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Using Ref Cursors To Return Recordsets

Since Oracle 7.3 the REF CURSOR type has been available to allow recordsets to be returned from stored procedures and functions. Oracle 9i introduced the predefined SYS_REFCURSOR type, meaning we no longer have to define our own REF CURSOR types.

Related articles.

Using Ref Cursors

The example below uses a ref cursor to return a subset of the records in the EMP table.

The following procedure opens a query using a SYS_REFCURSOR output parameter. Notice the cursor is not closed in the procedure. It is up to the calling code to manage the cursor once it has been opened.

CREATE OR REPLACE
PROCEDURE get_emp_rs (p_deptno    IN  emp.deptno%TYPE,
                      p_recordset OUT SYS_REFCURSOR) AS 
BEGIN 
  OPEN p_recordset FOR
    SELECT ename,
           empno,
           deptno
    FROM   emp
    WHERE  deptno = p_deptno
    ORDER BY ename;
END GetEmpRS;
/

The resulting cursor can be referenced from PL/SQL as follows.

SET SERVEROUTPUT ON SIZE 1000000
DECLARE
  l_cursor  SYS_REFCURSOR;
  l_ename   emp.ename%TYPE;
  l_empno   emp.empno%TYPE;
  l_deptno  emp.deptno%TYPE;
BEGIN
  get_emp_rs (p_deptno    => 30,
              p_recordset => l_cursor);
            
  LOOP 
    FETCH l_cursor
    INTO  l_ename, l_empno, l_deptno;
    EXIT WHEN l_cursor%NOTFOUND;
    DBMS_OUTPUT.PUT_LINE(l_ename || ' | ' || l_empno || ' | ' || l_deptno);
  END LOOP;
  CLOSE l_cursor;
END;
/

The cursor can be used as an ADO Recordset.

Dim conn, cmd, rs

Set conn = Server.CreateObject("adodb.connection")
conn.Open "DSN=TSH1;UID=scott;PWD=tiger"

Set cmd = Server.CreateObject ("ADODB.Command")
Set cmd.ActiveConnection = conn
cmd.CommandText = "get_emp_rs"
cmd.CommandType = 4 'adCmdStoredProc

Dim param1
Set param1 = cmd.CreateParameter ("deptno", adInteger, adParamInput)
cmd.Parameters.Append param1
param1.Value = 30

Set rs = cmd.Execute

Do Until rs.BOF Or rs.EOF
  -- Do something
  rs.MoveNext
Loop

rs.Close
conn.Close
Set rs     = nothing
Set param1 = nothing
Set cmd    = nothing
Set conn   = nothing

The cursor can also be referenced as a Java ResultSet.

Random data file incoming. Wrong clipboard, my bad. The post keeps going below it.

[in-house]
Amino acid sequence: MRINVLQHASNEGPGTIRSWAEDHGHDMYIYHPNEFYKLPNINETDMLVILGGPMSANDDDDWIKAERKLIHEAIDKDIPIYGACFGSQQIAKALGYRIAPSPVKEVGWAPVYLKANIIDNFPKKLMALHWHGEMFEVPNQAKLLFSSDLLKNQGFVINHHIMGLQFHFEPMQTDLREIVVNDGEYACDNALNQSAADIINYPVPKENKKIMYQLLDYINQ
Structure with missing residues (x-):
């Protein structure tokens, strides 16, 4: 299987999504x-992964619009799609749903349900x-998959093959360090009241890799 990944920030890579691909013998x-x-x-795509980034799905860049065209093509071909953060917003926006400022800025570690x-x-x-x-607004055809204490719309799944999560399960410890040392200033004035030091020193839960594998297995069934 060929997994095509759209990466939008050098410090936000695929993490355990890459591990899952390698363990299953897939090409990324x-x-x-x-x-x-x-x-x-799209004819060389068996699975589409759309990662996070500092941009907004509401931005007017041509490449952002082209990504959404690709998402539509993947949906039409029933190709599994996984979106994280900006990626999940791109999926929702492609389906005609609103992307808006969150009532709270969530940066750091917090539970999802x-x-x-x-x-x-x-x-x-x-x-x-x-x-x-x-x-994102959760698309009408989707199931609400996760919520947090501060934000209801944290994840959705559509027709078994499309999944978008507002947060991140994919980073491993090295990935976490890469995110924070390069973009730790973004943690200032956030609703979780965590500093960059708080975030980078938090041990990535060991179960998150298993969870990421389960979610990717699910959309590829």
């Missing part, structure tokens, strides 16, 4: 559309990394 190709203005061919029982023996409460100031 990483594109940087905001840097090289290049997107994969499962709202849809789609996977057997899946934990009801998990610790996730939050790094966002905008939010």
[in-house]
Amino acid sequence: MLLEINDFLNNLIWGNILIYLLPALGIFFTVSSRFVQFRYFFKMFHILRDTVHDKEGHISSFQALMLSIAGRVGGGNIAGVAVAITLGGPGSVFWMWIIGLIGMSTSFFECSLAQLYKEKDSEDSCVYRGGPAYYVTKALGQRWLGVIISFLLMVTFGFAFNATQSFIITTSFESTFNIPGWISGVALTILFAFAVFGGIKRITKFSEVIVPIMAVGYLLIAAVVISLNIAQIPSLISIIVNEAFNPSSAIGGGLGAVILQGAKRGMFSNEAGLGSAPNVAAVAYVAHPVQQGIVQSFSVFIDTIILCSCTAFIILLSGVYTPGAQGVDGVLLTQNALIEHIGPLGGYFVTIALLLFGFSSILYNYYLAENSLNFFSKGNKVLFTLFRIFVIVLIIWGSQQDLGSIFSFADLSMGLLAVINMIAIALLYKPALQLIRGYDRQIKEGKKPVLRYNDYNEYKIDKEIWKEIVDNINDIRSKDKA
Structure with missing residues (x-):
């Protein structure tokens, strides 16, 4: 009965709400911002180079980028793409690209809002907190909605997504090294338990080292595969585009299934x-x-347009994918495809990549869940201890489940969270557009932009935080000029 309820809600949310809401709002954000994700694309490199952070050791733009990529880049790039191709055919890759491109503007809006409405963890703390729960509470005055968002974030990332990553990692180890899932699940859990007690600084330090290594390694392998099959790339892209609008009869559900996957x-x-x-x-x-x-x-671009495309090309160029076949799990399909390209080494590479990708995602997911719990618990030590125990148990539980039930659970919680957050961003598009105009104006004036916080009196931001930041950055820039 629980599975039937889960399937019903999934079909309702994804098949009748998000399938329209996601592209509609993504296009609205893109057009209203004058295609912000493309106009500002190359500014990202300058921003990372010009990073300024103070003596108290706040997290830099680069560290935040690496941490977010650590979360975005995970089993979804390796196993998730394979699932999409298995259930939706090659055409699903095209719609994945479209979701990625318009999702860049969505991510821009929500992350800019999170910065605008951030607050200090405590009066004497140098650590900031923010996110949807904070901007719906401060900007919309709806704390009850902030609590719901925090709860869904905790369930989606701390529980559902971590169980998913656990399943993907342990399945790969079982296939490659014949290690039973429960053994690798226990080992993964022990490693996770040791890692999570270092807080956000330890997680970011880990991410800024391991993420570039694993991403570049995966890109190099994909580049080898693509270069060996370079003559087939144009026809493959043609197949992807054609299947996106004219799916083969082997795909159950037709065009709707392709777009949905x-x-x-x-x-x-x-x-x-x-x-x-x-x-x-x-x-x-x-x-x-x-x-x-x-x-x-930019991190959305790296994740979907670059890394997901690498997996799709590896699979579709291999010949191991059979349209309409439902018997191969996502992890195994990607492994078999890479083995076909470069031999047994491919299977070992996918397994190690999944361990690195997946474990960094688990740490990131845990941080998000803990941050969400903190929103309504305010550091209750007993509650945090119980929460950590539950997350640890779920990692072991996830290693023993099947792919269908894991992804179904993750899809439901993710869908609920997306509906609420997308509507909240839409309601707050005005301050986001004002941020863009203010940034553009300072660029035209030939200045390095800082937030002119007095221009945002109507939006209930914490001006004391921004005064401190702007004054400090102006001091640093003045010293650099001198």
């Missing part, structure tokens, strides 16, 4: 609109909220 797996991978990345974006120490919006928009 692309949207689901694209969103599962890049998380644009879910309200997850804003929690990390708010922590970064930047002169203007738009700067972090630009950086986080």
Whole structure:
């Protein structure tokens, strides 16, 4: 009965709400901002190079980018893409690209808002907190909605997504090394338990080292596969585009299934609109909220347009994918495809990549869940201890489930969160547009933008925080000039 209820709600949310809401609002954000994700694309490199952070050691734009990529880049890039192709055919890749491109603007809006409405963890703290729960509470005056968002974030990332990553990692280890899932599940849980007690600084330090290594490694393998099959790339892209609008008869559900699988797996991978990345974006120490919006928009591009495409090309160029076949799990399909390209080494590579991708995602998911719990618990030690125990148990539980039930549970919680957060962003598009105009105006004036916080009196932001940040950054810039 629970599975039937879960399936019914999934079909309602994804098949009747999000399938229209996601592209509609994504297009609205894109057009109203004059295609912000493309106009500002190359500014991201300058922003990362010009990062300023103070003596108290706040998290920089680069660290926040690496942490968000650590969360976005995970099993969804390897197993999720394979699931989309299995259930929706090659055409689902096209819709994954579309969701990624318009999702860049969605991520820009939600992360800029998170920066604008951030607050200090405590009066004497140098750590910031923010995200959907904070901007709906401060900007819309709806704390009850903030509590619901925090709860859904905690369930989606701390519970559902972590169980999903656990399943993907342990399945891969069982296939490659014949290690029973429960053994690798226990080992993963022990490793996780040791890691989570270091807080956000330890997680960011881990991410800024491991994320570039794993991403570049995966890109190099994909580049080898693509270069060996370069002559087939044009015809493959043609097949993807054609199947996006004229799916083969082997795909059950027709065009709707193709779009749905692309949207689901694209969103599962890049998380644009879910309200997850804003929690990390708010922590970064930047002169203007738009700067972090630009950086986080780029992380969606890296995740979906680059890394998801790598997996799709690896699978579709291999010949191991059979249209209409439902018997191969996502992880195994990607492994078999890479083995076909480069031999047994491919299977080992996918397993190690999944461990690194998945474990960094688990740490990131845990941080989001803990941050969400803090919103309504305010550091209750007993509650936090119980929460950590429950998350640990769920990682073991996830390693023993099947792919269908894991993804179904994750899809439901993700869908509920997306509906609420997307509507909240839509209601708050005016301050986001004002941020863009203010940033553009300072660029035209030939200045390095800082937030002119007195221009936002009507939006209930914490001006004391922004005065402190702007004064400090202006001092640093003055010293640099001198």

import java.sql.*;
import oracle.jdbc.*;

public class TestResultSet  {
  public TestResultSet() {
    try {
      DriverManager.registerDriver (new oracle.jdbc.OracleDriver());
      Connection conn = DriverManager.getConnection("jdbc:oracle:oci:@w2k1", "scott", "tiger");
      CallableStatement stmt = conn.prepareCall("BEGIN get_emp_rs(?, ?); END;");
      stmt.setInt(1, 30); // DEPTNO
      stmt.registerOutParameter(2, OracleTypes.CURSOR); //REF CURSOR
      stmt.execute();
      ResultSet rs = ((OracleCallableStatement)stmt).getCursor(2);
      while (rs.next()) {
        System.out.println(rs.getString("ename") + ":" + rs.getString("empno") + ":" + rs.getString("deptno")); 
      }
      rs.close();
      rs = null;
      stmt.close();
      stmt = null;
      conn.close();
      conn = null;
    }
    catch (SQLException e) {
      System.out.println(e.getLocalizedMessage());
    }
  }

  public static void main (String[] args) {
    new TestResultSet();
  }
}
If you are using a version of Oracle before 9i, then create the following package and replace any references to SYS_REFCURSOR with TYPES.cursor_type.
CREATE OR REPLACE PACKAGE types AS 
  TYPE cursor_type IS REF CURSOR;
END Types;
/

11g Updates

Oracle 11g allows the two-way conversion between ref cursors to DBMS_SQL cursors, as described here.

12c Updates

Oracle 12c allows implicit statements results, similar to that seen in Transact-SQL, as described here.

For more information see:

Hope this helps. Regards Tim...

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